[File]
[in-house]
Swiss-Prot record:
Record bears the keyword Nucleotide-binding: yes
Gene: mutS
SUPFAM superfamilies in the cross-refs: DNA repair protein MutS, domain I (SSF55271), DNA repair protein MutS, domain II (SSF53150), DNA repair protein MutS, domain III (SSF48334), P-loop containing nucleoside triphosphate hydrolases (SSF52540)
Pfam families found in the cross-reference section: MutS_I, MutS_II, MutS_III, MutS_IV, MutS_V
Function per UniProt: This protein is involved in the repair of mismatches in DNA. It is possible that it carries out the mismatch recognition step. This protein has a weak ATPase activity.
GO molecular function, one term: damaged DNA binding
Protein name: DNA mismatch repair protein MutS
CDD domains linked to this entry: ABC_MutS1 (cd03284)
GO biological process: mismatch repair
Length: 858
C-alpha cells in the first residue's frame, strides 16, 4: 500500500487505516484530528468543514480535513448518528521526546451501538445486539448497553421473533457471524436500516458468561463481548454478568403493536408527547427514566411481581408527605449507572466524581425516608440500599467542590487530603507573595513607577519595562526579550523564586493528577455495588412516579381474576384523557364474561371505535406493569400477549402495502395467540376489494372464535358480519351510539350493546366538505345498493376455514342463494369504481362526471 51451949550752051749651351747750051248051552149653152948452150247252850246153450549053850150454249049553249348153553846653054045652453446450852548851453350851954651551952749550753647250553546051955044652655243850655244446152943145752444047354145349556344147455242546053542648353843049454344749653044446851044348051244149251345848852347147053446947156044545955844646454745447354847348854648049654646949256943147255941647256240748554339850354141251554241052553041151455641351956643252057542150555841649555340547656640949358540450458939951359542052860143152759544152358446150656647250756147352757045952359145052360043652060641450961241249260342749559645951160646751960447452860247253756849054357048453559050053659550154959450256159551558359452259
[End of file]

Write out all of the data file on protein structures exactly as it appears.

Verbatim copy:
[in-house]
Swiss-Prot record:
Record bears the keyword Nucleotide-binding: yes
Gene: mutS
SUPFAM superfamilies in the cross-refs: DNA repair protein MutS, domain I (SSF55271), DNA repair protein MutS, domain II (SSF53150), DNA repair protein MutS, domain III (SSF48334), P-loop containing nucleoside triphosphate hydrolases (SSF52540)
Pfam families found in the cross-reference section: MutS_I, MutS_II, MutS_III, MutS_IV, MutS_V
Function per UniProt: This protein is involved in the repair of mismatches in DNA. It is possible that it carries out the mismatch recognition step. This protein has a weak ATPase activity.
GO molecular function, one term: damaged DNA binding
Protein name: DNA mismatch repair protein MutS
CDD domains linked to this entry: ABC_MutS1 (cd03284)
GO biological process: mismatch repair
Length: 858
C-alpha cells in the first residue's frame, strides 16, 4: 500500500487505516484530528468543514480535513448518528521526546451501538445486539448497553421473533457471524436500516458468561463481548454478568403493536408527547427514566411481581408527605449507572466524581425516608440500599467542590487530603507573595513607577519595562526579550523564586493528577455495588412516579381474576384523557364474561371505535406493569400477549402495502395467540376489494372464535358480519351510539350493546366538505345498493376455514342463494369504481362526471 51451949550752051749651351747750051248051552149653152948452150247252850246153450549053850150454249049553249348153553846653054045652453446450852548851453350851954651551952749550753647250553546051955044652655243850655244446152943145752444047354145349556344147455242546053542648353843049454344749653044446851044348051244149251345848852347147053446947156044545955844646454745447354847348854648049654646949256943147255941647256240748554339850354141251554241052553041151455641351956643252057542150555841649555340547656640949358540450458939951359542052860143152759544152358446150656647250756147352757045952359145052360043652060641450961241249260342749559645951160646751960447452860247253756849054357048453559050053659550154959450256159551558359452259